Shropshire Council announces computer upgrades to cost at least £17 million – it’s a good day to bury bad news

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The headline to this article is both shocking and incredulous. Council leader Malcolm Pate is quoted in today’s Shropshire Star as saying that an upgrade to the council’s computer systems will cost more than £10 million. I can’t confirm the figure because my ancient council iPad has deceased and I can’t access council paperwork. But if Malcolm Pate tells the Star its £10 million, then that’s likely to be an initial ballpark figure.

We need to add to this the £6.5 million already agreed to replace the computer system used for children’s and adult social care. And add to that the £600,000 spent on computing consultancy fees recently. So we are totalling £17 million before any cost overruns.

I can tell you that the council’s computer systems are at the point of breakdown. Machines, software and business processes struggle to cope with the demands of a modern council. The council leadership has failed to invest in the technology it needs for the last seven years. It has also failed to invest in its buildings, especially Shirehall which is a decrepit – except of course for the refurbished West Wing, home to the plush offices of the council leadership (see clarification below). It has treated its staff equally badly, sacking them, cutting their wages and generally making them feel like they are just a line on a spreadsheet rather than valued employees.  It has treated IT systems with similar disregard.

I have no doubt that we need to pay a lot of money to upgrade the council’s computer systems. The adult social care budget is routinely over budget because the council doesn’t know how much it is spending. Staff and councillors can’t work effectively because there computer systems are ancient.

Malcolm Pate has not said why the council’s computer systems have fallen into disrepair. He has told the Shropshire Star: “It is important we get it right to take us into the next 20 to 30 years.” No computer system or approach to computing can last that long. He is in cloud cuckoo land if he thinks that. But the whole council has been in cloud cuckoo land since it was created in 2009. What major business with a turnover of half a billion pounds a year would fail to invest in its information technology? Only Shropshire Council it seems.

It is no surprise that the news of another £10 million hike in computing costs was released for a bank holiday Monday. To use a hackneyed phrase – today was a good day to bury bad news. For £17 million, we could fund a lot of services. Things like libraries, museums, leisure centres, youth services, buses and so much else that the council leadership is planning to cease funding from next April.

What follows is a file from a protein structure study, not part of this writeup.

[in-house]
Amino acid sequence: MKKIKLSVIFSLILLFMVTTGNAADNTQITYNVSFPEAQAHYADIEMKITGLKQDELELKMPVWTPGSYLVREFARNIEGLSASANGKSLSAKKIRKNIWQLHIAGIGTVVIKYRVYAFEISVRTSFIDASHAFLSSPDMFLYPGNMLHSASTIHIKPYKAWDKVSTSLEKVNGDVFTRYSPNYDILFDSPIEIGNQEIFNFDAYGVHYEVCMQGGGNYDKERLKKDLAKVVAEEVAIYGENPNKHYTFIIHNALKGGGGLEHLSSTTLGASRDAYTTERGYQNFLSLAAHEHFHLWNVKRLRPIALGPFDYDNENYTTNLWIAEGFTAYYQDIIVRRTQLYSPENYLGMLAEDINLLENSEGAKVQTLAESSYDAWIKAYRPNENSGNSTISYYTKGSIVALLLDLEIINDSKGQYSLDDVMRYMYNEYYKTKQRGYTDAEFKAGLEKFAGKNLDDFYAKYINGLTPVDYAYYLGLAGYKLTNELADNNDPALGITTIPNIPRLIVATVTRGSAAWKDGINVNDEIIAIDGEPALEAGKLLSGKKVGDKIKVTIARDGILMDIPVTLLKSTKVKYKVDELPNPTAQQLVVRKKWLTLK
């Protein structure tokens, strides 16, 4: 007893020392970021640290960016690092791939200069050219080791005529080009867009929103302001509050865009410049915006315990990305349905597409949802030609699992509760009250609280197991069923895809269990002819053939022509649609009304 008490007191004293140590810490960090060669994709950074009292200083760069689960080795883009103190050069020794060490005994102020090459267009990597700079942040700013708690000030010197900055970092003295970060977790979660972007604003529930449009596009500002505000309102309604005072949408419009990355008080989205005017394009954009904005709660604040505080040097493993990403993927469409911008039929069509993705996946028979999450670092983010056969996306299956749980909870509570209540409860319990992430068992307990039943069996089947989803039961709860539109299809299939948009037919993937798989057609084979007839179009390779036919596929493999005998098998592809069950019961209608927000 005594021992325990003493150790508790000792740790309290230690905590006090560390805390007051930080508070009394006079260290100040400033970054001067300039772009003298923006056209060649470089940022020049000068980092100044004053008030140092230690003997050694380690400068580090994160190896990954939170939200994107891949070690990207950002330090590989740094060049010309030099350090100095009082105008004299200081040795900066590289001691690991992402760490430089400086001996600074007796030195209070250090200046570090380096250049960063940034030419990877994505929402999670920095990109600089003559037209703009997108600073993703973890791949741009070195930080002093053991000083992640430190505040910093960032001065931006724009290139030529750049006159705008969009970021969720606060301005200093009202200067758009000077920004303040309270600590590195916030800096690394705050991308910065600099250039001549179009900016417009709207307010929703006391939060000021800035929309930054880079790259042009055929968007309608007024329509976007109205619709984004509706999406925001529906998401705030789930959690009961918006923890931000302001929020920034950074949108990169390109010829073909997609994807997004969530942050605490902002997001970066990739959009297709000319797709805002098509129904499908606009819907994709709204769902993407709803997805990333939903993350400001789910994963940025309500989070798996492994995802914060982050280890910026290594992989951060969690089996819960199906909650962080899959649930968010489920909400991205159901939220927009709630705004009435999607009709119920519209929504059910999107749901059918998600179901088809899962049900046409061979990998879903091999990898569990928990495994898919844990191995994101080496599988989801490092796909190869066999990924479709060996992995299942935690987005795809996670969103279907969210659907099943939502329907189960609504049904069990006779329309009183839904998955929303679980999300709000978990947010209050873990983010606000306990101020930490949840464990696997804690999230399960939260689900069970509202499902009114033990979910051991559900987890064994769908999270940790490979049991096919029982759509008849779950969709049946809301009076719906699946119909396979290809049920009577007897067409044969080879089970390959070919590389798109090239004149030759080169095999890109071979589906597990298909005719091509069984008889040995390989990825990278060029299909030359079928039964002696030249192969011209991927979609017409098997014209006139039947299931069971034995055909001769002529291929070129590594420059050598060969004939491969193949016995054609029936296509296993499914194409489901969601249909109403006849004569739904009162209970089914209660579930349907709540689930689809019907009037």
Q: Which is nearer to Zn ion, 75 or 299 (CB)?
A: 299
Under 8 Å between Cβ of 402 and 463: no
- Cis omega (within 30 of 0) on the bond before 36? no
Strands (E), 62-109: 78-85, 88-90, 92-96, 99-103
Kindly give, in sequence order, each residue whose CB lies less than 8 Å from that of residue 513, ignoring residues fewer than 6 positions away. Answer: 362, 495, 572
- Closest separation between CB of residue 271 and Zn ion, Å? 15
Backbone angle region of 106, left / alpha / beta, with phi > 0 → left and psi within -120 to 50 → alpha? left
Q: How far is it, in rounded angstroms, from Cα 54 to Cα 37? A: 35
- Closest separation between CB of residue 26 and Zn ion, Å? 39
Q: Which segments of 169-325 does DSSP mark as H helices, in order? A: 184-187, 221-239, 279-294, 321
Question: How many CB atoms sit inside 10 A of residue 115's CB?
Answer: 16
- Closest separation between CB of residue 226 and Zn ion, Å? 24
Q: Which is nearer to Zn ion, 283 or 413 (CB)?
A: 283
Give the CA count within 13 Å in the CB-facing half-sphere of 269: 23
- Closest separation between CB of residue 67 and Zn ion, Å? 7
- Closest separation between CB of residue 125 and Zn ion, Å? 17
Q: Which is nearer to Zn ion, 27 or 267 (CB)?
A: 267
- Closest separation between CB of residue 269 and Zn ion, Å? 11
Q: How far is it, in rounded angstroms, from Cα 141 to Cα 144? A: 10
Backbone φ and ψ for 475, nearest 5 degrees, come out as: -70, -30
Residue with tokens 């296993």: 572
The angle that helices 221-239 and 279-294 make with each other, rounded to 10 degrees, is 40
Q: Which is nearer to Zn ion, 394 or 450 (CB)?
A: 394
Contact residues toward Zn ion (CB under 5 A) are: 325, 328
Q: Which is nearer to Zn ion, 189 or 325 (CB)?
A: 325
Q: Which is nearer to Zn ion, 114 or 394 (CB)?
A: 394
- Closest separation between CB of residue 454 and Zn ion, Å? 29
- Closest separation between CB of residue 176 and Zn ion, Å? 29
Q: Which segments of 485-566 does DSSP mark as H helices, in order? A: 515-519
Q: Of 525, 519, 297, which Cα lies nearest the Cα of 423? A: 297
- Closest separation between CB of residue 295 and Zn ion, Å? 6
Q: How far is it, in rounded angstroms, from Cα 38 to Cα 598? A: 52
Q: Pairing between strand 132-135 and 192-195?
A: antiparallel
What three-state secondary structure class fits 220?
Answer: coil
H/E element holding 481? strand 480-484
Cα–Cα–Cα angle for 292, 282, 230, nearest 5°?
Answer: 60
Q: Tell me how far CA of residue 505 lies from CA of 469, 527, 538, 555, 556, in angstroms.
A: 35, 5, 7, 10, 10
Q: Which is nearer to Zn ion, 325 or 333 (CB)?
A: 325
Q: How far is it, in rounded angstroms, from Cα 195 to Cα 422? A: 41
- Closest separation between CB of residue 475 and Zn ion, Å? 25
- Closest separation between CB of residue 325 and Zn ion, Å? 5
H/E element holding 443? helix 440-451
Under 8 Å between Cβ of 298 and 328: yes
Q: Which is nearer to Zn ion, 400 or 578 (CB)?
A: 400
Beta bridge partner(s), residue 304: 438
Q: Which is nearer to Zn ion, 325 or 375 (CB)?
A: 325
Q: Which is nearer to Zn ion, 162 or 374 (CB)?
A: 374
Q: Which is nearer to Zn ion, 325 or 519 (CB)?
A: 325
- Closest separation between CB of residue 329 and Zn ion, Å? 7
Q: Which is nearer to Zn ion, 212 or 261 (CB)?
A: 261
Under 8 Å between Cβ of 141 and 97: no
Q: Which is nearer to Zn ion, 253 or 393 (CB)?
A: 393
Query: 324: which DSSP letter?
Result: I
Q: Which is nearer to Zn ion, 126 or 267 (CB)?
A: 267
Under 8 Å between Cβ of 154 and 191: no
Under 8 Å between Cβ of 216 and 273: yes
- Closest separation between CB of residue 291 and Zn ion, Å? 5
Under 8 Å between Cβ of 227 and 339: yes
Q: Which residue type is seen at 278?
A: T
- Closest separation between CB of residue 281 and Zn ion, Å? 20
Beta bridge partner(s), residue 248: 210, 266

I have not seen any finance data that suggests where this money can be found. The chances are it will come from already overstretched budgets across the council. That will only lead to more service cuts.

Shropshire Council is imploding because for the last seven years it has only believed in its own self destruction. It wants to commission everything out to contractors and communities. It’s ambition is to take the most minimal role possible in public service in Shropshire. In its obsession with dumping everything it can, it has forgotten that it still must operate effectively until the point when it doesn’t matter any more. That’s why the council has neglected computing systems. staff and buildings. That’s why it staggers from crisis to crisis. And that’s why we council taxpayers are going to pay upwards of £17 million on council computers in the next few years.

Clarification

Rereading my text, I think it useful to clarify that I am referring and blaming political leadership for the failures to invest, not senior executives within Shropshire Council.

One thought on “Shropshire Council announces computer upgrades to cost at least £17 million – it’s a good day to bury bad news

  1. See that you get this information out to the voter to see how crap the Council is AND how you can sort it out for a better council

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